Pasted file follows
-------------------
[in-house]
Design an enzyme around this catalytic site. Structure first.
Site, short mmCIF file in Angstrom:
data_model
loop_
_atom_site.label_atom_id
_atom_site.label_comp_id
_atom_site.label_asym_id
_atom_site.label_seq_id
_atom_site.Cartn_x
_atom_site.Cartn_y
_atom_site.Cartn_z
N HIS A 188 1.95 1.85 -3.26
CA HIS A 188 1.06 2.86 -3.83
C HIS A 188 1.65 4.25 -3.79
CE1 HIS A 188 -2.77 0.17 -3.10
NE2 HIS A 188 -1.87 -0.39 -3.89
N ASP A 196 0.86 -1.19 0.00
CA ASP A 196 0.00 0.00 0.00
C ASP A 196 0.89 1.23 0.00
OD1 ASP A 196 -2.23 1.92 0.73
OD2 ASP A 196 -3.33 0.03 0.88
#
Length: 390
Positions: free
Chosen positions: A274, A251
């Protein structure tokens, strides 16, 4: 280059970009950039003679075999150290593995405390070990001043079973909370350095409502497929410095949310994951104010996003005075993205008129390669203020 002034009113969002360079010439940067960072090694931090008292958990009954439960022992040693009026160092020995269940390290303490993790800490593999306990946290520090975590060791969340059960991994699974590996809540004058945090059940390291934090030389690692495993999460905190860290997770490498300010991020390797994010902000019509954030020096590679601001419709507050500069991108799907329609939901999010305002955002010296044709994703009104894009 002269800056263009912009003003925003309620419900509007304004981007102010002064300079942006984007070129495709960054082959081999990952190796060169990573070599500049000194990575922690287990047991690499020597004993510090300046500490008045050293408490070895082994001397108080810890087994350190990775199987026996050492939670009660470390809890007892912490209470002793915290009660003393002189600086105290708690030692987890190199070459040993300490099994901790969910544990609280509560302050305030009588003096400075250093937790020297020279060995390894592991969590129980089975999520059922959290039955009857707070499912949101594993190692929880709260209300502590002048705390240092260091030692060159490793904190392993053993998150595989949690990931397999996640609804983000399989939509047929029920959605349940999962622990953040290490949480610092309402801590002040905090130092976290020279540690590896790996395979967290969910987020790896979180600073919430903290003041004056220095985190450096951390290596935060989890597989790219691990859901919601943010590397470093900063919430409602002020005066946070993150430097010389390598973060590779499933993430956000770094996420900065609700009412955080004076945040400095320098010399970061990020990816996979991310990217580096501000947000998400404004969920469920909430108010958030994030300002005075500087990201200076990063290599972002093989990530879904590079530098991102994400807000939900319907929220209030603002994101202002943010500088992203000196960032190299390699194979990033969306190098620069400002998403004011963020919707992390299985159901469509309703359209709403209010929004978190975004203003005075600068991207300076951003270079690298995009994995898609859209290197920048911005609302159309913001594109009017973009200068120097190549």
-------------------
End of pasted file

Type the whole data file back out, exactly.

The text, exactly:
[in-house]
Design an enzyme around this catalytic site. Structure first.
Site, short mmCIF file in Angstrom:
data_model
loop_
_atom_site.label_atom_id
_atom_site.label_comp_id
_atom_site.label_asym_id
_atom_site.label_seq_id
_atom_site.Cartn_x
_atom_site.Cartn_y
_atom_site.Cartn_z
N HIS A 188 1.95 1.85 -3.26
CA HIS A 188 1.06 2.86 -3.83
C HIS A 188 1.65 4.25 -3.79
CE1 HIS A 188 -2.77 0.17 -3.10
NE2 HIS A 188 -1.87 -0.39 -3.89
N ASP A 196 0.86 -1.19 0.00
CA ASP A 196 0.00 0.00 0.00
C ASP A 196 0.89 1.23 0.00
OD1 ASP A 196 -2.23 1.92 0.73
OD2 ASP A 196 -3.33 0.03 0.88
#
Length: 390
Positions: free
Chosen positions: A274, A251
């Protein structure tokens, strides 16, 4: 280059970009950039003679075999150290593995405390070990001043079973909370350095409502497929410095949310994951104010996003005075993205008129390669203020 002034009113969002360079010439940067960072090694931090008292958990009954439960022992040693009026160092020995269940390290303490993790800490593999306990946290520090975590060791969340059960991994699974590996809540004058945090059940390291934090030389690692495993999460905190860290997770490498300010991020390797994010902000019509954030020096590679601001419709507050500069991108799907329609939901999010305002955002010296044709994703009104894009 002269800056263009912009003003925003309620419900509007304004981007102010002064300079942006984007070129495709960054082959081999990952190796060169990573070599500049000194990575922690287990047991690499020597004993510090300046500490008045050293408490070895082994001397108080810890087994350190990775199987026996050492939670009660470390809890007892912490209470002793915290009660003393002189600086105290708690030692987890190199070459040993300490099994901790969910544990609280509560302050305030009588003096400075250093937790020297020279060995390894592991969590129980089975999520059922959290039955009857707070499912949101594993190692929880709260209300502590002048705390240092260091030692060159490793904190392993053993998150595989949690990931397999996640609804983000399989939509047929029920959605349940999962622990953040290490949480610092309402801590002040905090130092976290020279540690590896790996395979967290969910987020790896979180600073919430903290003041004056220095985190450096951390290596935060989890597989790219691990859901919601943010590397470093900063919430409602002020005066946070993150430097010389390598973060590779499933993430956000770094996420900065609700009412955080004076945040400095320098010399970061990020990816996979991310990217580096501000947000998400404004969920469920909430108010958030994030300002005075500087990201200076990063290599972002093989990530879904590079530098991102994400807000939900319907929220209030603002994101202002943010500088992203000196960032190299390699194979990033969306190098620069400002998403004011963020919707992390299985159901469509309703359209709403209010929004978190975004203003005075600068991207300076951003270079690298995009994995898609859209290197920048911005609302159309913001594109009017973009200068120097190549």